Black Emerald – Hell Can’t Handle all of Us
Release date: 10th February 2018
Black Emerald have been around in various iterations for 13 years and according to their bio undergone many a line up change. It appears that over that time they have managed to carve out a fairly distinctive style that melds quite a range of metal based points of reference. In their own words they play ‘stoner, progressive, doom blues metal with a smidge of hard rock’. On reading that I was interested as to how well they would bring all these elements together but it seems that across Hell Can’t Handle us all there is a cohesive linking of styles rather than a cluttered sound. This is quite a varied album that manages to encompass the aforementioned styles and then some; the final track Revelations is probably best described as an ambient soundscape.
The album starts on a high note with Hell Can’t Handle all of Us, which kicks off with a slow feedback heavy sludgy intro. This then builds up into a more classic rock flecked sound as the song moves through a range of quite different sections that fit together well. The vocals are delivered with strength and across the album are indicative of the band’s idiosyncratic sound. The singer’s voice has a gravelly feel to it but still retains a slight catch in the enunciation that should make it sound a little off. However, it doesn’t and the vocals are consistently good across the record.
As the album progresses the band showcase a range of styles with the next few songs focusing lyrically on topics of inebriation, over medicalisation and generally getting trashed. Dr Stein has an interesting sonic representation of a breakdown incorporating screams and weird scratchy noises before leading into a more industrial sounding drum part and doom like riff. B.O.D has a really strong groove to the riff, with slightly off kilter drums that combine well with some slick soloing. Fifth track One for the Road is another musing on the attractions and downsides of drinking. It is delivered in a more standard Hard rock, bluesy register and has an accompanying video.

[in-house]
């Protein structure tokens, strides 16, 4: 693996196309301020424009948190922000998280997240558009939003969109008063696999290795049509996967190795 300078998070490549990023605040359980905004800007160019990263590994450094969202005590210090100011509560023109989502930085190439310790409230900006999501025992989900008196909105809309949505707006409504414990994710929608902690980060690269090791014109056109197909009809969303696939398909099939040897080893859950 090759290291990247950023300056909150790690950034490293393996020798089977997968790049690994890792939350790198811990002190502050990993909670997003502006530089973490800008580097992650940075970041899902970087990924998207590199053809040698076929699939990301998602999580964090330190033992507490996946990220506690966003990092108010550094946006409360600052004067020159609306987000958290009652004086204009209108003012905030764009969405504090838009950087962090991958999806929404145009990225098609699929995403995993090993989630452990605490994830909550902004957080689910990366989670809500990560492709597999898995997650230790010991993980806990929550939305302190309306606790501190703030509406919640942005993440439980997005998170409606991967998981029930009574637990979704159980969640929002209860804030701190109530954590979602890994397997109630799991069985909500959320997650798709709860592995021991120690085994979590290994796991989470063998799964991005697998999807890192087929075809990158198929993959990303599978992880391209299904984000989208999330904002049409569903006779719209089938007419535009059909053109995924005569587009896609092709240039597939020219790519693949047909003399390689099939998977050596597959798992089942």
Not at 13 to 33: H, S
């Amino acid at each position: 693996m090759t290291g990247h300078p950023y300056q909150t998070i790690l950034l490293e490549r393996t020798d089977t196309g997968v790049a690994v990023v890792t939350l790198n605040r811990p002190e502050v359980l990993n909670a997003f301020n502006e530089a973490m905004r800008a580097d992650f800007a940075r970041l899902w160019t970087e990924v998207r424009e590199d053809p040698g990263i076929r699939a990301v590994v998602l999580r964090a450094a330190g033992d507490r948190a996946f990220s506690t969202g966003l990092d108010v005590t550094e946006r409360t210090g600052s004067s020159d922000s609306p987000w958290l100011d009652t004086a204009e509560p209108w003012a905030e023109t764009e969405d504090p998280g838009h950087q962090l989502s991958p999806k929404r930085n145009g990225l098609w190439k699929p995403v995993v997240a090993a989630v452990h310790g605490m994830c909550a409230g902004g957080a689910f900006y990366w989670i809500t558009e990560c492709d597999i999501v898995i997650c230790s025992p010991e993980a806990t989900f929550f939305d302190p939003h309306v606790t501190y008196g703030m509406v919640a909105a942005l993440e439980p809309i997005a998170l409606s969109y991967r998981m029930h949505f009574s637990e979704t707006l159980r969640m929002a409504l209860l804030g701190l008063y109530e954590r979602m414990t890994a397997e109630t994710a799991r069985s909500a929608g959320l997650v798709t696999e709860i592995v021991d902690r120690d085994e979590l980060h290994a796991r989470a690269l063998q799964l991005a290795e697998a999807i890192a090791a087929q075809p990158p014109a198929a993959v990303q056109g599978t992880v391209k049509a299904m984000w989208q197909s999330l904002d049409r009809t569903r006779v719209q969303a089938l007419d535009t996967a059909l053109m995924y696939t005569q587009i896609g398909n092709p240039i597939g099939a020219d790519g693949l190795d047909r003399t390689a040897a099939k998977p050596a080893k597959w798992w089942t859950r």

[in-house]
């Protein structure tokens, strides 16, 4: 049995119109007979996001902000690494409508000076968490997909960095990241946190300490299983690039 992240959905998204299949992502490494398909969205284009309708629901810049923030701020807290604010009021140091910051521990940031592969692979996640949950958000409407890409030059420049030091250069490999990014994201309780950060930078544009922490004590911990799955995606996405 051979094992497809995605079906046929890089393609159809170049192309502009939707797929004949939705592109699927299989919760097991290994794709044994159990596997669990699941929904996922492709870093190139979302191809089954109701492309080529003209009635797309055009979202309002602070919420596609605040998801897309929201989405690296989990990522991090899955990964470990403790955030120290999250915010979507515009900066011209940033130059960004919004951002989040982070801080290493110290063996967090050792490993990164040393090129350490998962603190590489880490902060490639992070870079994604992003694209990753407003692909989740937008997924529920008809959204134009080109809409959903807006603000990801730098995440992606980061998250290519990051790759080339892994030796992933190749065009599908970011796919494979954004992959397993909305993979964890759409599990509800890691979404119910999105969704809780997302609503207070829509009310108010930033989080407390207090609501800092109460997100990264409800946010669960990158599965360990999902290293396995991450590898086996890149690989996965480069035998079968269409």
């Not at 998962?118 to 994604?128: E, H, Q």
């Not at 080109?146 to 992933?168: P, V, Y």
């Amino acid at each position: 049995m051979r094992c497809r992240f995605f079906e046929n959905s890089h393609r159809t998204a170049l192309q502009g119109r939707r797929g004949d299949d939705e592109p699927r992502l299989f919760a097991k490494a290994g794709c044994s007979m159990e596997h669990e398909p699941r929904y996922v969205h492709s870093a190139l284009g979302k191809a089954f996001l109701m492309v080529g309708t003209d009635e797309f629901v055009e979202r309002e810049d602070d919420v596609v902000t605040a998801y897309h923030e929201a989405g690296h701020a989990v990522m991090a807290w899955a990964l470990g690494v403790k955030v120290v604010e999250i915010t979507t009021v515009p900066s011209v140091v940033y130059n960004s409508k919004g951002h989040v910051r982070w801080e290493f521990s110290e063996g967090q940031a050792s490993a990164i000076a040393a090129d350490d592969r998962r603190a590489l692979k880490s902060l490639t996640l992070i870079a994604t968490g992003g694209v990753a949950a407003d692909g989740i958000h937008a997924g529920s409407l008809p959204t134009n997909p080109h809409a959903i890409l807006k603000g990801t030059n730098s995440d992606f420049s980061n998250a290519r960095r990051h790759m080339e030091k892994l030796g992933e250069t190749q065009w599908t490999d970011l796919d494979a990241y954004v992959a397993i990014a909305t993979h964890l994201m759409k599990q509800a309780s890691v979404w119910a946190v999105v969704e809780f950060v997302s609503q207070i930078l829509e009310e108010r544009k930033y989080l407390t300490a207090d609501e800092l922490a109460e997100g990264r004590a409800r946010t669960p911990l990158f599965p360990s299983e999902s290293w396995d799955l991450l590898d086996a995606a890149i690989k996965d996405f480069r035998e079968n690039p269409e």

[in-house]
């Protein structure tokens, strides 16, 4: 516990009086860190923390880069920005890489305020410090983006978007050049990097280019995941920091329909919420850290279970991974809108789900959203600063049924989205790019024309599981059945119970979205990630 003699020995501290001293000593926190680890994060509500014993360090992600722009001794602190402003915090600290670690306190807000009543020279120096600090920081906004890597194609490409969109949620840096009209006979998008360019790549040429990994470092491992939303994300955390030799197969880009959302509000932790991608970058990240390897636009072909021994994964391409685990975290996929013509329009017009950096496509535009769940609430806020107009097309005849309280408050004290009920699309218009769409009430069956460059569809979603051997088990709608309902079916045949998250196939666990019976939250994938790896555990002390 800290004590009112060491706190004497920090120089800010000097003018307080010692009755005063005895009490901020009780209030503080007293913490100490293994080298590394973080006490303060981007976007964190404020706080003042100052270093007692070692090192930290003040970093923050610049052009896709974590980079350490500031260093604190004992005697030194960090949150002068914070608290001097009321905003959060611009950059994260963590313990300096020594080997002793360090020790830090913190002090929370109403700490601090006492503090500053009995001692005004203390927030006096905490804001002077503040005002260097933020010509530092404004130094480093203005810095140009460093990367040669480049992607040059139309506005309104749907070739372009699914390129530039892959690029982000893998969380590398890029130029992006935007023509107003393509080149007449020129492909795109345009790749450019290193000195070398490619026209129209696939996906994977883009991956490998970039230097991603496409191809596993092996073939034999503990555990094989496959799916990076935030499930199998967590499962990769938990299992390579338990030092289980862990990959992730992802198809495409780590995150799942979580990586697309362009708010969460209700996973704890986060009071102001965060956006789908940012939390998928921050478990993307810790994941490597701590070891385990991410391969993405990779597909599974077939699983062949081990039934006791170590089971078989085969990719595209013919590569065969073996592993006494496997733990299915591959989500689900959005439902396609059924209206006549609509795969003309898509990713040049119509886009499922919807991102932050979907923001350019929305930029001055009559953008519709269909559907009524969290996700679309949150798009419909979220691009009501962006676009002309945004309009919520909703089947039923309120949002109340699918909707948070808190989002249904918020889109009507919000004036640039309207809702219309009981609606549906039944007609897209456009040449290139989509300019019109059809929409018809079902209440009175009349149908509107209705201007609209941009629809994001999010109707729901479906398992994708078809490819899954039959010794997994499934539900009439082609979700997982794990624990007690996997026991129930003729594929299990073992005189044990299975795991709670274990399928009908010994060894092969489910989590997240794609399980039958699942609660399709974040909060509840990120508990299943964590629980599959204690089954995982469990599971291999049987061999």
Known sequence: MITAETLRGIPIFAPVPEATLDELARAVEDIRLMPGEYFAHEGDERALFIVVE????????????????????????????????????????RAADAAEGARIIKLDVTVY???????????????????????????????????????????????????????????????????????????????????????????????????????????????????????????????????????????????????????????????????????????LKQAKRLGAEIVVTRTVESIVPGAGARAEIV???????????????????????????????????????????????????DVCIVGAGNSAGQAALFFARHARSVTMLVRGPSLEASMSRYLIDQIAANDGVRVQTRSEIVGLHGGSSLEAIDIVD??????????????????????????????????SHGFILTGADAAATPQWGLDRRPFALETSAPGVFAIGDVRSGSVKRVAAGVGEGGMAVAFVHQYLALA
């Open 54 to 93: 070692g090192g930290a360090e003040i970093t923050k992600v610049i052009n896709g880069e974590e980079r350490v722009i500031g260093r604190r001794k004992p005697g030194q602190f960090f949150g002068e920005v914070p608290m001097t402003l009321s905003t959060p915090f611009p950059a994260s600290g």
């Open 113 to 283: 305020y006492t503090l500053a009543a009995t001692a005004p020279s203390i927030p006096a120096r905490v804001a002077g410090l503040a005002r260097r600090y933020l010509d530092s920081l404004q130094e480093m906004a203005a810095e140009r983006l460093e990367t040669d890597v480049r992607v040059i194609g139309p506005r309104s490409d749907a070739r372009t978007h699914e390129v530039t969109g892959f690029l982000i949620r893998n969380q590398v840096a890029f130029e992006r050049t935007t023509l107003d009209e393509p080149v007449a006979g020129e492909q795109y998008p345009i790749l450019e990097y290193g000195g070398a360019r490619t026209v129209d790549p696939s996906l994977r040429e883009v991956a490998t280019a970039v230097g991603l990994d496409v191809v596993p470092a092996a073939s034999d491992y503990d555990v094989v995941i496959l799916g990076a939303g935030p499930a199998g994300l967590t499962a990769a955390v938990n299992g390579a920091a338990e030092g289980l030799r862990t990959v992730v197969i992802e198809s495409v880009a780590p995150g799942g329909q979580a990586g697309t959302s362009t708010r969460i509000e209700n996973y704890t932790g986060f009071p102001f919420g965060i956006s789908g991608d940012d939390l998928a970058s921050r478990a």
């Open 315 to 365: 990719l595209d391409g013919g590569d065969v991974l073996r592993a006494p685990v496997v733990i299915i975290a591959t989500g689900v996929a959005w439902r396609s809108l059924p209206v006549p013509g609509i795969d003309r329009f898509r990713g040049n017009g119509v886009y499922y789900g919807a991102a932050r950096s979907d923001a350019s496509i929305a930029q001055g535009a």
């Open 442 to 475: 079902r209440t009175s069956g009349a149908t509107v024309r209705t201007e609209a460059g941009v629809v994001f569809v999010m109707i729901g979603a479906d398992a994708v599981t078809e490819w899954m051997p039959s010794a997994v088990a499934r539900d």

The album progresses nicely, Voodoo Princess a slightly silly but enjoyable track, and Sculptures in the Sky deploying the use of ghostly vocals under the riff to good effect. It is the last three tracks where things really start to get interesting though. Figure on a Barbed wire cross starts off with a heavy sounding riff and drums before leading into a soaring metal inspired feel. Then around 4 minutes it breaks down allowing for some variation on the drums which draw on a military tattoo at one point. The lyrics are sparse but that works as the riff and drum variations speak for themselves, a top track.
The penultimate song Jonestown, is a sprawling nine minute epic focusing on the Jonestown massacres with the inclusion of vocal samples of Jim Jones done very well and creating an eerie macabre atmosphere. The slower tempo fits the subject matter as does the vocal variation and the inclusion of spectral choral parts. This is a grandly scaled and ambitious song which really demonstrates the band’s more experimental aspects. It sits well with final track Revelations which is a much mellower affair, I took the slight sound reminiscent of helicopter rotors to be a subtle reference to the arrival of the assassinated senator Leo Ryan at Jonestown. Overall, this album is a really good showcase for the band who have clearly managed to develop their own unique approach, with a couple of great songs peppered among some decent ones. I would certainly be interested in seeing how this transfers to their live set.
Recommended track – Figure on a barbed wire cross